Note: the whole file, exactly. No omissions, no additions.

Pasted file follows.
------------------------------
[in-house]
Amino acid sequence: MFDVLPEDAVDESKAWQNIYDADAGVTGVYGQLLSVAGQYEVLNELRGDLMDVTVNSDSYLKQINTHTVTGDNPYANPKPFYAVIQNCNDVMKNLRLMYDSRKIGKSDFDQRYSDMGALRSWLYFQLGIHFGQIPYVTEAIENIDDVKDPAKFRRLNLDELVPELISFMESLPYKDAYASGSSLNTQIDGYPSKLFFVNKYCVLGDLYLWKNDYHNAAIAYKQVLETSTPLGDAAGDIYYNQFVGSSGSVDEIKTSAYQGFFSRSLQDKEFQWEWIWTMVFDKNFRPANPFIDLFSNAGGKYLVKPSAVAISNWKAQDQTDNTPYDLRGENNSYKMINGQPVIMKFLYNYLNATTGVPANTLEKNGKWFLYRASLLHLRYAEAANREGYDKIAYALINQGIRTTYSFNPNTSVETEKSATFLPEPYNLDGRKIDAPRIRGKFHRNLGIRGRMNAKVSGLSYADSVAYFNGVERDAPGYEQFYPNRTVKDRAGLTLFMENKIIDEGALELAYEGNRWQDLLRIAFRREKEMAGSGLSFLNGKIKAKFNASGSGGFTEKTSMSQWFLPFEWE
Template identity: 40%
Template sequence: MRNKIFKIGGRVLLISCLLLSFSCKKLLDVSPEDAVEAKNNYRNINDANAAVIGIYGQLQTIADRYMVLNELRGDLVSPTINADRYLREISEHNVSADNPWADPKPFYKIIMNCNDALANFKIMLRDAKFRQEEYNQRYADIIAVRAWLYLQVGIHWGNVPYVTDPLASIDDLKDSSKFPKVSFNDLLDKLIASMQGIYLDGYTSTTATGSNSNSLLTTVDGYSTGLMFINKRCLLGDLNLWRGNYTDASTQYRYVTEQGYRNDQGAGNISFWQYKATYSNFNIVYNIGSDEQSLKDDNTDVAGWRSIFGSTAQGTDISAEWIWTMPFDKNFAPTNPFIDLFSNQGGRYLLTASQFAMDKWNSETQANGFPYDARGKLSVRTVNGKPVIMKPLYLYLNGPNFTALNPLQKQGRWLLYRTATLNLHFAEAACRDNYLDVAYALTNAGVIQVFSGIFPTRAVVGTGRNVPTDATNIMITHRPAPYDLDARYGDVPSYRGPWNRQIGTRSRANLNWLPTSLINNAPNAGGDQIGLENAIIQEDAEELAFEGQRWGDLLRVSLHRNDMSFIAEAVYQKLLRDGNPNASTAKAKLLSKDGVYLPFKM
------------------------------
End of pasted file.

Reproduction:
[in-house]
Amino acid sequence: MFDVLPEDAVDESKAWQNIYDADAGVTGVYGQLLSVAGQYEVLNELRGDLMDVTVNSDSYLKQINTHTVTGDNPYANPKPFYAVIQNCNDVMKNLRLMYDSRKIGKSDFDQRYSDMGALRSWLYFQLGIHFGQIPYVTEAIENIDDVKDPAKFRRLNLDELVPELISFMESLPYKDAYASGSSLNTQIDGYPSKLFFVNKYCVLGDLYLWKNDYHNAAIAYKQVLETSTPLGDAAGDIYYNQFVGSSGSVDEIKTSAYQGFFSRSLQDKEFQWEWIWTMVFDKNFRPANPFIDLFSNAGGKYLVKPSAVAISNWKAQDQTDNTPYDLRGENNSYKMINGQPVIMKFLYNYLNATTGVPANTLEKNGKWFLYRASLLHLRYAEAANREGYDKIAYALINQGIRTTYSFNPNTSVETEKSATFLPEPYNLDGRKIDAPRIRGKFHRNLGIRGRMNAKVSGLSYADSVAYFNGVERDAPGYEQFYPNRTVKDRAGLTLFMENKIIDEGALELAYEGNRWQDLLRIAFRREKEMAGSGLSFLNGKIKAKFNASGSGGFTEKTSMSQWFLPFEWE
Template identity: 40%
Template sequence: MRNKIFKIGGRVLLISCLLLSFSCKKLLDVSPEDAVEAKNNYRNINDANAAVIGIYGQLQTIADRYMVLNELRGDLVSPTINADRYLREISEHNVSADNPWADPKPFYKIIMNCNDALANFKIMLRDAKFRQEEYNQRYADIIAVRAWLYLQVGIHWGNVPYVTDPLASIDDLKDSSKFPKVSFNDLLDKLIASMQGIYLDGYTSTTATGSNSNSLLTTVDGYSTGLMFINKRCLLGDLNLWRGNYTDASTQYRYVTEQGYRNDQGAGNISFWQYKATYSNFNIVYNIGSDEQSLKDDNTDVAGWRSIFGSTAQGTDISAEWIWTMPFDKNFAPTNPFIDLFSNQGGRYLLTASQFAMDKWNSETQANGFPYDARGKLSVRTVNGKPVIMKPLYLYLNGPNFTALNPLQKQGRWLLYRTATLNLHFAEAACRDNYLDVAYALTNAGVIQVFSGIFPTRAVVGTGRNVPTDATNIMITHRPAPYDLDARYGDVPSYRGPWNRQIGTRSRANLNWLPTSLINNAPNAGGDQIGLENAIIQEDAEELAFEGQRWGDLLRVSLHRNDMSFIAEAVYQKLLRDGNPNASTAKAKLLSKDGVYLPFKM